9. Modify the Definition of ‘Willful’ for Purposes of Finding FBAR Violations and Reduce the Maximum Penalty Amounts


  1. Require That at Least One Appeals Officer and One Settlement Officer Be Located and Permanently Available in Each State, the District of Columbia, and Puerto Rico
  2. Require Taxpayers’ Consent Before Allowing IRS Counsel or Compliance Personnel to Participate in Appeals Conferences


  1. Clarify That the National Taxpayer Advocate May Hire Legal Counsel to Enable Her to Advocate More Effectively for Taxpayers
  2. Clarify the Authority of the National Taxpayer Advocate to Make Personnel Decisions to Protect the Independence of the Office of the Taxpayer Advocate
  3. Clarify the Taxpayer Advocate Service’s Access to Files, Meetings, and Other Information
  4. Authorize the National Taxpayer Advocate to File Amicus Briefs
  5. Require the IRS to Address the National Taxpayer Advocate’s Comments in Final Rules
  6. Authorize the Office of the Taxpayer Advocate to Assist Certain Taxpayers During a Lapse in Appropriations
  7. Repeal Statute Suspension Under IRC § 7811(d) for Taxpayers Seeking Assistance from the Taxpayer Advocate Service


  1. Repeal Flora and Expand the Tax Court’s Jurisdiction, Giving Taxpayers Who Cannot Pay the Same Access to Judicial Review as Those Who Can
  2. Authorize the Tax Court to Order Refunds or Credits in Collection Due Process Proceedings Where Liability Is at Issue
  3. Provide That the Time Limits for Bringing Tax Litigation Are Subject to the Judicial Doctrines of Forfeiture, Waiver, Estoppel, and Equitable Tolling
  4. Amend IRC § 7456(a) to Authorize the Tax Court to Sign Subpoenas for the Production of Records Held by a Third Party Prior to a Scheduled Hearing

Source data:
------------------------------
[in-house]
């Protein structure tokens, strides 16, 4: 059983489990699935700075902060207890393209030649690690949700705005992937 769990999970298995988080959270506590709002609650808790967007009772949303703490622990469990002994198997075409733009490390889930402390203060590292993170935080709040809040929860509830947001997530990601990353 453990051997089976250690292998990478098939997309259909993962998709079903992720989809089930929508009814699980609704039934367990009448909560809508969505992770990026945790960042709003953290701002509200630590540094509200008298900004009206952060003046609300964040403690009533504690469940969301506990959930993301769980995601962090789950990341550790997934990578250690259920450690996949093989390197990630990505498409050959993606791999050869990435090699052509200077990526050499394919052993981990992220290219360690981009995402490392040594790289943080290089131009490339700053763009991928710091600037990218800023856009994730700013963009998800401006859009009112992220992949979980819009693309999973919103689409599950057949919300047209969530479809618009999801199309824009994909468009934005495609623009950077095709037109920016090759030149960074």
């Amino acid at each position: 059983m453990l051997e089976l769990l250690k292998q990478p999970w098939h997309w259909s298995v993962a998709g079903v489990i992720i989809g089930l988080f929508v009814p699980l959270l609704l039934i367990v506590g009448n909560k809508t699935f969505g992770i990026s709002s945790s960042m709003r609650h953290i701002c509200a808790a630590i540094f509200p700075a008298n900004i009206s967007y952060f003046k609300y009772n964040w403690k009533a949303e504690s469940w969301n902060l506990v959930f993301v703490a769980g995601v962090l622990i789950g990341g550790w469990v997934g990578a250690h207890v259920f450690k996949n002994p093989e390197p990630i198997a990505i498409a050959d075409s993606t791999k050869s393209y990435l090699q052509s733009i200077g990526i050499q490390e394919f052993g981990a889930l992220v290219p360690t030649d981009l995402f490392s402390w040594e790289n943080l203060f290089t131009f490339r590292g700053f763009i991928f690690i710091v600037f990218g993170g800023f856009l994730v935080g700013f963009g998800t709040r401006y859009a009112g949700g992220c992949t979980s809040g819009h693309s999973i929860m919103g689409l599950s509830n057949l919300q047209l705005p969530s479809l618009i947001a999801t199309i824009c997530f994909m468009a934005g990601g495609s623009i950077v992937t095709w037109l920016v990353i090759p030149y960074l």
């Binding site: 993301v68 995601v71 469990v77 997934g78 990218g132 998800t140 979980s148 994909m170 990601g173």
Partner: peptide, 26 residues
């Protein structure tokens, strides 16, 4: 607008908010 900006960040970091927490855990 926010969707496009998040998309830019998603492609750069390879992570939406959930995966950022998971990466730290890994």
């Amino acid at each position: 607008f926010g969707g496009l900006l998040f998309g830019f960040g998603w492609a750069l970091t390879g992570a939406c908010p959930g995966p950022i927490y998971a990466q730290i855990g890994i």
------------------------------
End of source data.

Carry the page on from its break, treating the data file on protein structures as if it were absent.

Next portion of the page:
5. Provide That the Scope of Judicial Review of Determinations Under IRC § 6015 Is De Novo
  6. Clarify That Taxpayers May Raise Innocent Spouse Relief as a Defense in Collection Proceedings and Bankruptcy Cases
  7. Clarify That Taxpayers May Seek Innocent Spouse Relief in Refund Suits
  8. Fix the Donut Hole in the Tax Court’s Jurisdiction to Determine Overpayments byNon-Filers Wi th Filing Extensions


  1. Restructure the Earned Income Tax Credit (EITC) to Make It Simpler for Taxpayers and Reduce Improper Payments
  2. Provide Earned Income Tax Credit (EITC) Relief During National Disasters
  3. Exclude Taxpayers in Specific Circumstances From the Requirement to Provide a Social Security Number for Their Children to Claim the Child Tax Credit
  4. Clarify Whether Dependents Are Required to Have Taxpayer Identification Numbers for Purposes of the Credit for Other Dependents
  5. Allow Members of Certain Religious Sects That Do Not Participate in Social Security and Medicare to Obtain Employment Tax Refunds
  6. Amend IRC § 36B(d)(2) to Prevent Individuals From Losing Some or All of Their Premium Tax Credits When Receiving Lump-Sum Social Security Benefits Attributable to a Prior Year
  7. Amend IRC §§ 108(a) and 6050P to Provide That Gross Income Does Not Include, and the Department of Education Is Not Required to Report, Income From the Cancellation of Student Loans Under the Coronavirus Aid, Relief and Economic Security Act
  8. Amend the Combat-Injured Veterans Tax Fairness Act of 2016 to Allow Veterans of the Coast Guard to Exclude Disability Severance Pay From Gross Income and File Claims for Credit or Refund for Taxes Withheld From Excluded Income
  9. Encourage and Authorize Independent Contractors and Service Recipients to Enter Into Voluntary Withholding Agreements
  10. Require the IRS to Specify the Information Needed in Third-Party Contact Notices
  11. Authorize the Treasury Department to Issue Guidance Specific to IRC § 6713 Regarding the Disclosure or Use of Tax Return Information by Preparers
  12. Increase the Individual Low Income Taxpayer Clinic Grant Cap and Index It for Inflation
  13. Compensate Taxpayers for “No Change” National Research Program Audits
  14. Establish the Position of IRS Historian Within the Internal Revenue Service to Record and Publish Its History

Appendix 1: Additional Reference Materials for Legislative Recommendations in This Volume

Appendix 2: Prior National Taxpayer Advocate Legislative Recommendations Enacted Into Law